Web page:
Can you make tortillas out of plantain?
The question surfaced in Rasheed Amedu’s mind in 2017 while he was working as a sous chef at TableVine in Sacramento. As he researched and developed a recipe, he avoided the obvious approach. “I didn’t wanna only use green plantains, where they’d be starchy enough for it to work,” he says. “And I know we’re so used to eating sweet plantains within the culture, so I did half and half.”
The “we” of the “culture” to which Amedu refers is the cluster of countries within the Black diaspora where sweet plantains feature in everyday dishes — places ranging from West Africa to the Caribbean and Americas. As a first-generation Nigerian from Chicago, the 32 year old grew up eating plantains and Mexican food, so his curiosity wasn’t far-fetched so much as it was an expression of his background.
Turns out, he could make those tortillas. “I was like, ‘Okay, that’s killer,’” Amedu says of the sweet-and-green combination. “I knew I needed to hold on to that recipe.”
Five years later, the spirit of Amedu’s tortilla theory lives in Naija Boy Tacos, his vibey outdoor Nigerian-Mexican fusion restaurant, which will make its official debut in midtown Sacramento in mid-July. Californians are spoiled for choice with taquerias, but West African options are harder to come by, typically found in places like the Bay Area and Los Angeles. But Amedu, who’s lived in Sacramento for six years and has a wealth of cooking experience from fine dining to popups, saw an opportunity to introduce one style of cuisine by tucking it — literally — inside of a more familiar one. “With Naija Boy Tacos, I really want this to be like one of your favorite taquerias or one of your favorite taco trucks,” Amedu says. “There’s something on the menu for everybody.”
He didn’t hold back when crafting the menu, either: there’s suya spiced chicken milanesa — suya being the heat-giving seasoning blend used on grilled meat and served kebab-style in Nigeria — with a drizzle of cool crema, and crispy plantain chips doused in bright chimichurri, Amedu’s take on chips and salsa. For the tacos, he kept the fillings traditional to his roots, with beef and chicken stews and curry goat on plantain cassava tortillas. But one of the vegetarian options, a mushroom shawarma taco wrapped in roti, is pure, playful innovation. Amedu says it’s one of the most popular items on the menu.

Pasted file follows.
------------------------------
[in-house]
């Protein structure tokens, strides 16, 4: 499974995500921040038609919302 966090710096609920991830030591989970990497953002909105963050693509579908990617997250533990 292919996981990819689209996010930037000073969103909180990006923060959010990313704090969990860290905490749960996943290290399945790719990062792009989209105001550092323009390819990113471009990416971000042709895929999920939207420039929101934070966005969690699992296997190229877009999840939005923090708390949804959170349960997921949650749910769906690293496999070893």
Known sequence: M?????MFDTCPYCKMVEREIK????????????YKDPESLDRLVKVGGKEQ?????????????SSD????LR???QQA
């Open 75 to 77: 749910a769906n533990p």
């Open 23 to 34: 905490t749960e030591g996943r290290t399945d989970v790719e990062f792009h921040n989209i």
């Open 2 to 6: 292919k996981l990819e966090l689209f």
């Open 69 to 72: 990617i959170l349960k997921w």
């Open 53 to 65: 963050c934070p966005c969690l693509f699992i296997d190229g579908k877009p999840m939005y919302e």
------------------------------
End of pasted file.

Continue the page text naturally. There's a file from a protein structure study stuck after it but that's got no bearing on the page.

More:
Naija Boy Tacos functions as another type of pathway, too. It’s the first step toward a restaurant Amedu also plans to open, a Nigerian-Californian dining experience called Iya-mi, Yoruba for “my mother.” For all of this, he partnered with John Vignocchi, CEO of Urban Capital, a development and investment group; in Naija Boy Tacos, Vignocchi functions primarily as an investor.
“Naija Boy Tacos is bridging the gap between my culinary adventures and being in a position of ownership,” Amedu says. “This is me coming out and doing it on my own.” Traversing different worlds — Nigeria and the United States, culinary arts and business operations, upscale restaurants and food trucks — comes naturally to Amedu. He grew up in “not the best neighborhood” of Chicago, he says, but has fond memories of walking from his house to a nearby Jamaican bakery for patties. (Naija Boy Tacos’ spicy beef and curried spinach patties nod to his nostalgia.) His mom, a registered nurse, often worked late, leaving Amedu in charge of feeding his two younger brothers dinner; making boxed macaroni and cheese and spaghetti and meatballs was how he developed a love for cooking.
Amedu’s culinary range has exploded since then, but he’s retained those values of taking care of his people and celebrating the places he comes from. Naija Boy Tacos is enclosed by a painted wooden fence inspired by Nigeria’s iconic soccer jerseys from the 2018 World Cup. The breezy dining area has subtler aesthetic touches representing the African diaspora, from the pallet furniture sprouting with Canna lilies to the corrugated metal that tops the shed-sized bar. And Amedu is intent on bringing his local community with him as he makes these strides: the landscape design was done by Sac City Stems, owned by a queer Black woman, and he tapped the POC-run Unseen Heroes for Naija Boy Tacos’ marketing and branding. “I want to give opportunities to people who look like me,” Amedu says.
He’s also clear about the contributions others have made toward his dream, crediting natural wine bar Ro Sham Beaux, and Urban Roots, the craft brewery and barbecue smokehouse where Amedu was a sous chef for two years. Urban Roots owner Rob Archie says that even though he runs a high-volume business, “we try not to take ourselves too seriously and still be playful so chefs like Rasheed could come in and experiment.” Archie, who also founded Pangea Bier Cafe and chicken shop BAWK!, believes that after two years of creative deprivation as chefs operated in survival mode during the pandemic, a culinary renaissance is happening in Sacramento. “For Rasheed, this is how you make your name,” he says. “It’s the perfect time.”
As Amedu inches toward the official Naija Boy Tacos opening — he anticipates that’ll be July 14 — he’s hosted private dining events to enthusiastic reception. Once the opening happens, “people can come here for lunch, happy hour, even dinner, and hang out, and that makes me feel good,” he said. “It’s walkable, and you can just hang. That’s the purpose of this.”
Naija Boy Tacos (628 15th Street, Sacramento) opens to the public in mid-July.